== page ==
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Nearly 90 mkg lost: Global black tea output trailing behind last year

PS Sundar Coonoor | Updated on December 28, 2020

Total fall marked a loss of 4.66%, while massive fall has happened in India

Despite Kenya continuing to post increase in its output of black tea, the overall global production till October this year , the period for which official data is available, is trailing behind last year essentially because of a sharp fall in India’s production.

“According to our compilation of the official data received from various countries, the global black tea production in the first ten months has fallen to 1,831.10 million kg (mkg) from 1,920.60 mkg in Jan-Oct 2019,” Rajesh Gupta, compiler of annual Global Tea Digest, told BusinessLine.

This fall of 89.50 mkg marked a loss of 4.66 per cent.

Lockdown due to the world’s fight against Covid-19 and adverse weather in many countries pulled down the output.

Also read: Global black tea output down over 5%; India leads the fall

The bulk of the fall has happened in India, where due to prolonged lockdown and adverse weather, the country’s output till October had crashed to 1,032.68 mkg from 1,184.28 mkg in Jan-Oct 2019.

“India has lost as much as 151.60 mkg (12.80 per cent) with the entire loss happening in North India even as South India has posted a marginal increase,” Gupta said. “Sri Lanka’s output declined to 222.72 mkg from 251.78 in Jan-Oct 2019, marking a fall of 29.06 mkg or 11.54 per cent,” he said.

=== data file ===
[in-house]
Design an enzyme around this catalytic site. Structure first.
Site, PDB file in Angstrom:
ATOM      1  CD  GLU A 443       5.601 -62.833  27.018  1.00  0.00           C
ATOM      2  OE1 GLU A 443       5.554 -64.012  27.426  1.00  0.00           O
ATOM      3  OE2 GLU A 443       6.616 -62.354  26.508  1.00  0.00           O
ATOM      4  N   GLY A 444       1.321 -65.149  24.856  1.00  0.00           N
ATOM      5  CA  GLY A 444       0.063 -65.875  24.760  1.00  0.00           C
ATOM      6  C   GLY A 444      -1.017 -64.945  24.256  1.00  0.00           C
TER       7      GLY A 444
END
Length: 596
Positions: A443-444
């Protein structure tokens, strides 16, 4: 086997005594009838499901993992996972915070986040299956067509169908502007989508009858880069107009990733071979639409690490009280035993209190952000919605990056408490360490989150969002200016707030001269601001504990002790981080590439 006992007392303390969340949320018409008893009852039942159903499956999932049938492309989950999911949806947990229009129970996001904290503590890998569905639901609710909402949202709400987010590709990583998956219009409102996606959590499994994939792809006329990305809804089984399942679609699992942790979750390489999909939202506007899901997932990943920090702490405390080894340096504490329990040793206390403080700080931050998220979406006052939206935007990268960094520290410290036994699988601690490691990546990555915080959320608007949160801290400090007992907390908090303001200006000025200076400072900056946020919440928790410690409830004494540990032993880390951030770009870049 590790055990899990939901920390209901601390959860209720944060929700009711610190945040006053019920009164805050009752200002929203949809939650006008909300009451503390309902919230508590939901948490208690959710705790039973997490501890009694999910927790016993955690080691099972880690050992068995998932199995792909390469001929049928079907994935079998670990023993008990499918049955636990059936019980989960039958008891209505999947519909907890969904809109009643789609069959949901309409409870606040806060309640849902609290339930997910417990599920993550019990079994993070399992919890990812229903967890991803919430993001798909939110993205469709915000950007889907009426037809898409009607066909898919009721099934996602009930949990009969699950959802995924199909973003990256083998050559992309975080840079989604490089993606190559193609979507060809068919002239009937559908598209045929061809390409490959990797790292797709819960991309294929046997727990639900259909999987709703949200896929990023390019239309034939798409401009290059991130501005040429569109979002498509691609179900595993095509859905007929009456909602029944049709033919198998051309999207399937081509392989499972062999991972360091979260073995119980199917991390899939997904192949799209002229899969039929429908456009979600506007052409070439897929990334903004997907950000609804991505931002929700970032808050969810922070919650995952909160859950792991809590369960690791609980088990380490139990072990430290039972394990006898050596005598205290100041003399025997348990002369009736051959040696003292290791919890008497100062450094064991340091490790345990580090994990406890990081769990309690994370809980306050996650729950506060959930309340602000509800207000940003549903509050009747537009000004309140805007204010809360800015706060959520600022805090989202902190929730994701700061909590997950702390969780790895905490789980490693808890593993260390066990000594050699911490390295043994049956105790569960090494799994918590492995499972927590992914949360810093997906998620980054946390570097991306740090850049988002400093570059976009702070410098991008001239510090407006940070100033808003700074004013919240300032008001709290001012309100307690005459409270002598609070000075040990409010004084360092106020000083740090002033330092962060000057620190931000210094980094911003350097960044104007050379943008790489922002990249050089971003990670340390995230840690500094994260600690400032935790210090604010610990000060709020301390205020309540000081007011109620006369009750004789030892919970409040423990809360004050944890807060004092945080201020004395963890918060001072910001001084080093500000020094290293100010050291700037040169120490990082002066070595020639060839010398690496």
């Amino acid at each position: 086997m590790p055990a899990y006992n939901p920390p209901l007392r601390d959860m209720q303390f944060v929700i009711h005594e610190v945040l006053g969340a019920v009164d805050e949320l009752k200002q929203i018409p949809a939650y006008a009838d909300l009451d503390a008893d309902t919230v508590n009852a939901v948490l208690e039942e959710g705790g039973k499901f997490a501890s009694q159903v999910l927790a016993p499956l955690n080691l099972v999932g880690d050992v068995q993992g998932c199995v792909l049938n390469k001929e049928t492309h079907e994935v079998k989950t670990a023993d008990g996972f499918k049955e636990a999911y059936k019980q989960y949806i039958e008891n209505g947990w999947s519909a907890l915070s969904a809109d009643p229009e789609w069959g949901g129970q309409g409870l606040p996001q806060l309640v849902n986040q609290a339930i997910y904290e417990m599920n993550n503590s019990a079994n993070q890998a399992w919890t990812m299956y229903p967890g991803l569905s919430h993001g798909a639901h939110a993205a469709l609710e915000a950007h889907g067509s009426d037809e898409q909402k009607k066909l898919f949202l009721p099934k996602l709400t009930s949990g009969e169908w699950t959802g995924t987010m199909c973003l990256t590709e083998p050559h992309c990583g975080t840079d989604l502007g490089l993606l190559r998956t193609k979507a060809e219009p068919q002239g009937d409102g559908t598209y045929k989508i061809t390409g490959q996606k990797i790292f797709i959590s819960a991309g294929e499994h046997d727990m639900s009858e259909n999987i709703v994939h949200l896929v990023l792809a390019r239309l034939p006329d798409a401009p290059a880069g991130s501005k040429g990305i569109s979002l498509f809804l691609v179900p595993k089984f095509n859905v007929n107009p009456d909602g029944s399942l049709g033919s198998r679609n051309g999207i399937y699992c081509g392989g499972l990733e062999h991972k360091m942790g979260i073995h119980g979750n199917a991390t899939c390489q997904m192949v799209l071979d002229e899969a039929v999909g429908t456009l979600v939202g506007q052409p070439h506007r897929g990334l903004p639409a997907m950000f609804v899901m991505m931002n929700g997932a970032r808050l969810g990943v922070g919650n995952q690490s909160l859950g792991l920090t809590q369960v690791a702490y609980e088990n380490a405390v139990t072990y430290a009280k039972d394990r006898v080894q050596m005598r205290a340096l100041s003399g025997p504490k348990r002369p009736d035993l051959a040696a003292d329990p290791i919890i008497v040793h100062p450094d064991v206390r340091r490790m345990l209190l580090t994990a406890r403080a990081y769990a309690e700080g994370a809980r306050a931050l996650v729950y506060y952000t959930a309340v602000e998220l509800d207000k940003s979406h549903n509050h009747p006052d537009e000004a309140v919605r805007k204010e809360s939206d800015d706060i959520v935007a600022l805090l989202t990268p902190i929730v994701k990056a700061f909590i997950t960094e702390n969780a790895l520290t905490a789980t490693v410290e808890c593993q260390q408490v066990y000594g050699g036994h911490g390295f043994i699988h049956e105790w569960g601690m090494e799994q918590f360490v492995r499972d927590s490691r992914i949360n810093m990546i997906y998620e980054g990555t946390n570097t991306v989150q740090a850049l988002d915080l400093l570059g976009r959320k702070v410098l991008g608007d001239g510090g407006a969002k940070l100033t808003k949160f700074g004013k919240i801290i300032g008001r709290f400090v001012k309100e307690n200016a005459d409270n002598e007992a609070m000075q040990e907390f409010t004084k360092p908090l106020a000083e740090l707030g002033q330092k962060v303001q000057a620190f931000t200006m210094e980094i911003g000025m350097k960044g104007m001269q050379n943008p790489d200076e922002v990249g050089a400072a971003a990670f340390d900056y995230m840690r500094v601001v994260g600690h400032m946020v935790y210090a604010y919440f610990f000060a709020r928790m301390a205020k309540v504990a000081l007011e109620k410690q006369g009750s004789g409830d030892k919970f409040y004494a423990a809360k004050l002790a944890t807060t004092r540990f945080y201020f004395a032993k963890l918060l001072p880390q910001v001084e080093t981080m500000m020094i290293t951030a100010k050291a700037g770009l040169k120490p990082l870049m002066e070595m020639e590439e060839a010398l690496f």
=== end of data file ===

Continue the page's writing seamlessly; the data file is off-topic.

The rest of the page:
Bangladesh’s production dropped to 68.94 mkg from 79.35 mkg in Jan-Oct 2019, marking a loss of 10.41 mkg or 13.12 per cent. Malawi’s output fell to 38.40 mkg from 42.09 mkg in Jan-Oct 2019 – a loss of 3.69 mkg or 8.77 per cent.

The only country which posted an impressive gain was Kenya. “Kenya’s production has increased to 468.36 mkg from 363.10 – a gain of 105.26 mkg or 29 per cent,” Gupta said.

Also read: Global black tea production down 8% in H1

However, this increase was inadequate to offset the massive loss in India and other countries put together.

In November and December, tea production in North Indian plantations has come down due to winter restrictions and volumes from there are unlikely to hit the market before April 2021.

Consequently, the chances of making over the loss in global production in the winter months are remote.

Published on December 28, 2020

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